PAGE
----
Background: Accurate data are critical for public health surveillance yet can be challenging to ensure. The Tennessee (TN) HPV Vaccine IMPACT Project aims to assess the effectiveness of the human papillomavirus (HPV) vaccine in prevention of cervical cancer and high-grade dysplasia through laboratory reporting of pathology results among Davidson County women. This project assessed feasibility and value of use of administrative sources for improved data quality and completeness of high-grade cervical events in TN HPV-IMPACT between 2013-2017.

Method: We queried three administrative data systems (Hospital Discharge Data System, Ambulatory Surgical Treatment Center, and Tennessee Medicaid [TennCare]) for eligible women with cervical pre-cancer diagnostic and procedural codes from 2013 to 2017. We assessed data completeness from standard surveillance practices and from the addition of cases identified and verified through linkage with administrative data. Additionally, eligible women were linked to TennCare to inform missing demographic, insurance, and vaccination data elements.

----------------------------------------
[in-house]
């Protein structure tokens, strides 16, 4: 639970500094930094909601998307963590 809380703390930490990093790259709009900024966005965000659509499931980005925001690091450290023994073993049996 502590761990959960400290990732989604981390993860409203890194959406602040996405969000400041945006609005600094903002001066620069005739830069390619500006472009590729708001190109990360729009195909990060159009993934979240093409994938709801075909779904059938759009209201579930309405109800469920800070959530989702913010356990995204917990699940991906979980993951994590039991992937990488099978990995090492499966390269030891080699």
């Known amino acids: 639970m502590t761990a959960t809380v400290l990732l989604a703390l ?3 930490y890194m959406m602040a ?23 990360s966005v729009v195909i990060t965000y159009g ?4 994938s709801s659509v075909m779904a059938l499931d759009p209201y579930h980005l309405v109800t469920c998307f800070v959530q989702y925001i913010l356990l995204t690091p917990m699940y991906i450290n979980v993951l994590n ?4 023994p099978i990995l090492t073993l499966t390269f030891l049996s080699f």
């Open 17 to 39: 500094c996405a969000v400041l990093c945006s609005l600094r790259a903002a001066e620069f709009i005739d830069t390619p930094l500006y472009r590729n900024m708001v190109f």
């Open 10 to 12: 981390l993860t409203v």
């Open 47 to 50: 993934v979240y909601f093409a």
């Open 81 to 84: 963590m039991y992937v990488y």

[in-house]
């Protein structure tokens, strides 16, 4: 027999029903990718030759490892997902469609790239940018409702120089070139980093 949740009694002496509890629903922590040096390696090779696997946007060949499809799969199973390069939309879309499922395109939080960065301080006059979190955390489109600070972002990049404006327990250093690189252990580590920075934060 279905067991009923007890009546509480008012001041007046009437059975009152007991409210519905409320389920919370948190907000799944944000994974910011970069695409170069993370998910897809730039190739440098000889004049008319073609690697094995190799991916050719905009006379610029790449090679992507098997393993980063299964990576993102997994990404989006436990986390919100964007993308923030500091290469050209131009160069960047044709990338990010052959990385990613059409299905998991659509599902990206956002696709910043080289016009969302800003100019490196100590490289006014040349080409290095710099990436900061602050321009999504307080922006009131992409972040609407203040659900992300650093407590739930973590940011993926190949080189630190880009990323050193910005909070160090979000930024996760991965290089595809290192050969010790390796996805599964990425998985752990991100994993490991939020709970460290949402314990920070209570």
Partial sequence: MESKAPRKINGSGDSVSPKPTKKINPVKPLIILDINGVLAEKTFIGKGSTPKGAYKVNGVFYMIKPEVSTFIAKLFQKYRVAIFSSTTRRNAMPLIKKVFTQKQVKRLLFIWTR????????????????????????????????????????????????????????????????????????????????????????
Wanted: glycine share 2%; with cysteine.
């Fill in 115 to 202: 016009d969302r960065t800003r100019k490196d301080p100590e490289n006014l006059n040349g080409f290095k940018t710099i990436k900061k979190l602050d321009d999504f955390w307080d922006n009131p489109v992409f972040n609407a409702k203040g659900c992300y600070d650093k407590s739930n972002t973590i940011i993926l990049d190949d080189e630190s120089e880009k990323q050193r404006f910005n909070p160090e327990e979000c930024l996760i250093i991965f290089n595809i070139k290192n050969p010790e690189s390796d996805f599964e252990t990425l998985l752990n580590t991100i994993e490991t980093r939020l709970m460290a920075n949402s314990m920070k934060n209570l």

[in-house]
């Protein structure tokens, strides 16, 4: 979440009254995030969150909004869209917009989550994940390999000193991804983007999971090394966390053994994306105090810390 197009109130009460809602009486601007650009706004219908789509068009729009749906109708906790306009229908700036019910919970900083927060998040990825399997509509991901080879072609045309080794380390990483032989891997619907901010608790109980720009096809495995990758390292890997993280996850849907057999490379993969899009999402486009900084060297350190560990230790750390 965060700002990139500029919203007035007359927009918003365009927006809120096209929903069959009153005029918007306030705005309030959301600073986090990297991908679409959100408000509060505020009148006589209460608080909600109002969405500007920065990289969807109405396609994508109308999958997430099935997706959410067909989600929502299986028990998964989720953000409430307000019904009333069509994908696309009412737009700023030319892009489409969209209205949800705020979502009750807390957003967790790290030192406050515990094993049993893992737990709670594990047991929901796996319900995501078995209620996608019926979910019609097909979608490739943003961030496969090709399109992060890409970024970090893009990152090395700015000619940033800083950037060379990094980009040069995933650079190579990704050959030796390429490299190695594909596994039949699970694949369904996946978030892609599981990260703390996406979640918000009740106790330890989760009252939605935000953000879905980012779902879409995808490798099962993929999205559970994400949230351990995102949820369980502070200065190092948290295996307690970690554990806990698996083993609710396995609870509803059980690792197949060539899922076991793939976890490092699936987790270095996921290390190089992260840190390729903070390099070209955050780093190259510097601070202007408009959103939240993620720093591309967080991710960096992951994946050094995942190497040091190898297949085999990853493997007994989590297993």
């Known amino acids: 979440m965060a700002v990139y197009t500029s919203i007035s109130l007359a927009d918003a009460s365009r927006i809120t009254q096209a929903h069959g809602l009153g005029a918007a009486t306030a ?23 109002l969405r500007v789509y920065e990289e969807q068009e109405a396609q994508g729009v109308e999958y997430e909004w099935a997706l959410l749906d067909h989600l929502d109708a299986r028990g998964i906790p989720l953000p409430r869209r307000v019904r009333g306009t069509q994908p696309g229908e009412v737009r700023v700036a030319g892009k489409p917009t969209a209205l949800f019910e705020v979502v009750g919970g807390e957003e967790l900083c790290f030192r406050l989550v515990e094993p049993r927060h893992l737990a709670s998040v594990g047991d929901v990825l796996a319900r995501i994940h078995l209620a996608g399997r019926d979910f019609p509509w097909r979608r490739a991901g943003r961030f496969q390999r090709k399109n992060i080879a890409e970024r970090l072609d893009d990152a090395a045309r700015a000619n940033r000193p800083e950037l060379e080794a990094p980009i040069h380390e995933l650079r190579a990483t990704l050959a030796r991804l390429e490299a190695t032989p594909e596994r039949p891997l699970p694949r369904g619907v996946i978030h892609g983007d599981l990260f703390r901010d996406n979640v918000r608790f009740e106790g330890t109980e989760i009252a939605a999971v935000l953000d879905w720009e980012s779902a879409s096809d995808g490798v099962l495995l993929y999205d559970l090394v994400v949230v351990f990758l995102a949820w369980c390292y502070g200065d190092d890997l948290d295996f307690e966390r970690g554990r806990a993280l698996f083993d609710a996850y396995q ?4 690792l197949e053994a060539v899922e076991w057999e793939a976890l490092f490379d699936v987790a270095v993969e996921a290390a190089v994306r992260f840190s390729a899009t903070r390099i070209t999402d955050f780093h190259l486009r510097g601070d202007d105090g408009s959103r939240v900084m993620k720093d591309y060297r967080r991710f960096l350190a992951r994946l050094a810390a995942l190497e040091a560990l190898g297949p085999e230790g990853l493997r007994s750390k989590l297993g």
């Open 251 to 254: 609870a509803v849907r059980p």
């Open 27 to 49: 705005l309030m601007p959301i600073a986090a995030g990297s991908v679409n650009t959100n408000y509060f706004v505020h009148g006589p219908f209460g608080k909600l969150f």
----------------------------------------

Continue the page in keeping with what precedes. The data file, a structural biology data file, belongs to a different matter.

Results: Overall, use of administrative data systems increased the number of women identified with cervical pre-cancer by 5% during the study years. Linkage to TennCare improved data completeness on race/ethnicity, insurance, and vaccination status by 10% to 20%.

Conclusion: Linkage with administrative databases is a feasible and effective method to improve public health data quality.

Keywords: audit, cervical dysplasia, HPV, data quality, public health, surveillance